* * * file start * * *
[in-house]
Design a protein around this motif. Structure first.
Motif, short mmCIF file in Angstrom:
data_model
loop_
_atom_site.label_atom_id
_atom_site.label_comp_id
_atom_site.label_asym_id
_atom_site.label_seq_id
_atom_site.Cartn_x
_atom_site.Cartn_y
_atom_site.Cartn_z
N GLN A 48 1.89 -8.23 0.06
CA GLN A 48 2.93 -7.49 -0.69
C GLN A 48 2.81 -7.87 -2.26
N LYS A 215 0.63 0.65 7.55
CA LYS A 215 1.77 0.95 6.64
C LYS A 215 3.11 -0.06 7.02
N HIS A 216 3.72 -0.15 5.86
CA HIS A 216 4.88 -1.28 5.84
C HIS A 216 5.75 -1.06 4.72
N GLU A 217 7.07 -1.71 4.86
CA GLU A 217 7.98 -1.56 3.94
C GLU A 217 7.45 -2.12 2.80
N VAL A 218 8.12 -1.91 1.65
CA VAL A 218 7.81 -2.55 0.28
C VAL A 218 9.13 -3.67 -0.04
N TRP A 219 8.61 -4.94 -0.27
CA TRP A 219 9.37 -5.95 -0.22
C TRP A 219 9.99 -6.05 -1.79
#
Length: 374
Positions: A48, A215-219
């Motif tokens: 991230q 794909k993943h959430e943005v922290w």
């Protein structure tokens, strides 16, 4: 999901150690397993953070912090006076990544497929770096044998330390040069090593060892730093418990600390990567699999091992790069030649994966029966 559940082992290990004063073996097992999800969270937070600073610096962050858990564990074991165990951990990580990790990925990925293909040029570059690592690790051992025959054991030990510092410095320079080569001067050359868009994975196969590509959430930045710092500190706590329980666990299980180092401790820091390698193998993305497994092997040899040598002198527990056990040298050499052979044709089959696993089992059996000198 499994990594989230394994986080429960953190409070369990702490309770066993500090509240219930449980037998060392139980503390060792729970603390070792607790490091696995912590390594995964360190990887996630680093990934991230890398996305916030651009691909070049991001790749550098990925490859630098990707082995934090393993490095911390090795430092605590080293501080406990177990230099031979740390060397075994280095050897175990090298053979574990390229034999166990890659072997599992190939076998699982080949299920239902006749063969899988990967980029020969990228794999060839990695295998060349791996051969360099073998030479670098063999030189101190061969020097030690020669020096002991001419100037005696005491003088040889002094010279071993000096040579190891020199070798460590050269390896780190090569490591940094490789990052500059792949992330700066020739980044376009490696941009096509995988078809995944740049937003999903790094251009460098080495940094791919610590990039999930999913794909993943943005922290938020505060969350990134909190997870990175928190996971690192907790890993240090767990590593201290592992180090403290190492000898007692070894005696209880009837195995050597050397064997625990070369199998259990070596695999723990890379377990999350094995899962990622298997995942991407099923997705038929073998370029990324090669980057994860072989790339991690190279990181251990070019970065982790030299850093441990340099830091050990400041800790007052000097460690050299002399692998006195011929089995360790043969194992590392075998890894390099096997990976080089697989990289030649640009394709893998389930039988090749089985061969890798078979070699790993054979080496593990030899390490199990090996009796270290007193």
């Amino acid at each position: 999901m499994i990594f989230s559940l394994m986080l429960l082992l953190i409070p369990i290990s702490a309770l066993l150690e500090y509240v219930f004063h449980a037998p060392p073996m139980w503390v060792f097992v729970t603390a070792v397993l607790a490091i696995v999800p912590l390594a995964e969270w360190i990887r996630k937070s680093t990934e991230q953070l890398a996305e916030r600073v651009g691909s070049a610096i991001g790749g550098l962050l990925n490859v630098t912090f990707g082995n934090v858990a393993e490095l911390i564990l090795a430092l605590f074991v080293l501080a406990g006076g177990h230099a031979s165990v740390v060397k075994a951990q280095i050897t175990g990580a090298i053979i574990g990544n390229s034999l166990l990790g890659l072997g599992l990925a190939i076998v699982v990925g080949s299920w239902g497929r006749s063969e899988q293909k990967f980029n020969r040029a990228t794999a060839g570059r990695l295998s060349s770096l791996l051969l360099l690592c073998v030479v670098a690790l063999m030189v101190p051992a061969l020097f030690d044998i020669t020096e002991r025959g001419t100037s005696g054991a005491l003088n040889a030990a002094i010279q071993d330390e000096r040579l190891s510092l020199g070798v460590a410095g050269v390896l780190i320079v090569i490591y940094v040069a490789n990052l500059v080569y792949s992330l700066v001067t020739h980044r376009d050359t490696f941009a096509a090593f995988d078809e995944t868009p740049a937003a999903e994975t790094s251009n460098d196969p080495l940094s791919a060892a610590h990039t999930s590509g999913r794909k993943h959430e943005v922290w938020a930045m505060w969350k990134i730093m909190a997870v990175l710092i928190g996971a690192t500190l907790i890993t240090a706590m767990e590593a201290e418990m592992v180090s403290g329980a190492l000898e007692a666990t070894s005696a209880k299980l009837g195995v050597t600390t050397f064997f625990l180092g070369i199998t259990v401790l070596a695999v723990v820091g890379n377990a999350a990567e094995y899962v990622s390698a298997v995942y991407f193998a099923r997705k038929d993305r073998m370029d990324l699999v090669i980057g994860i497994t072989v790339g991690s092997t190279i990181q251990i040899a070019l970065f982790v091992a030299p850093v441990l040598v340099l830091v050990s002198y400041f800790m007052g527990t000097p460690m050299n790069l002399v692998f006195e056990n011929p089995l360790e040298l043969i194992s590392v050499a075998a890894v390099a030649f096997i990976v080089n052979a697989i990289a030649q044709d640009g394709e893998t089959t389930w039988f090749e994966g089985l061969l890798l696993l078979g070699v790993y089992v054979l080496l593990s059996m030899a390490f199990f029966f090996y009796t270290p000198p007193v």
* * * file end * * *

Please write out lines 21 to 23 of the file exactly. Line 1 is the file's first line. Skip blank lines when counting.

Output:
C HIS A 216 5.75 -1.06 4.72
N GLU A 217 7.07 -1.71 4.86
CA GLU A 217 7.98 -1.56 3.94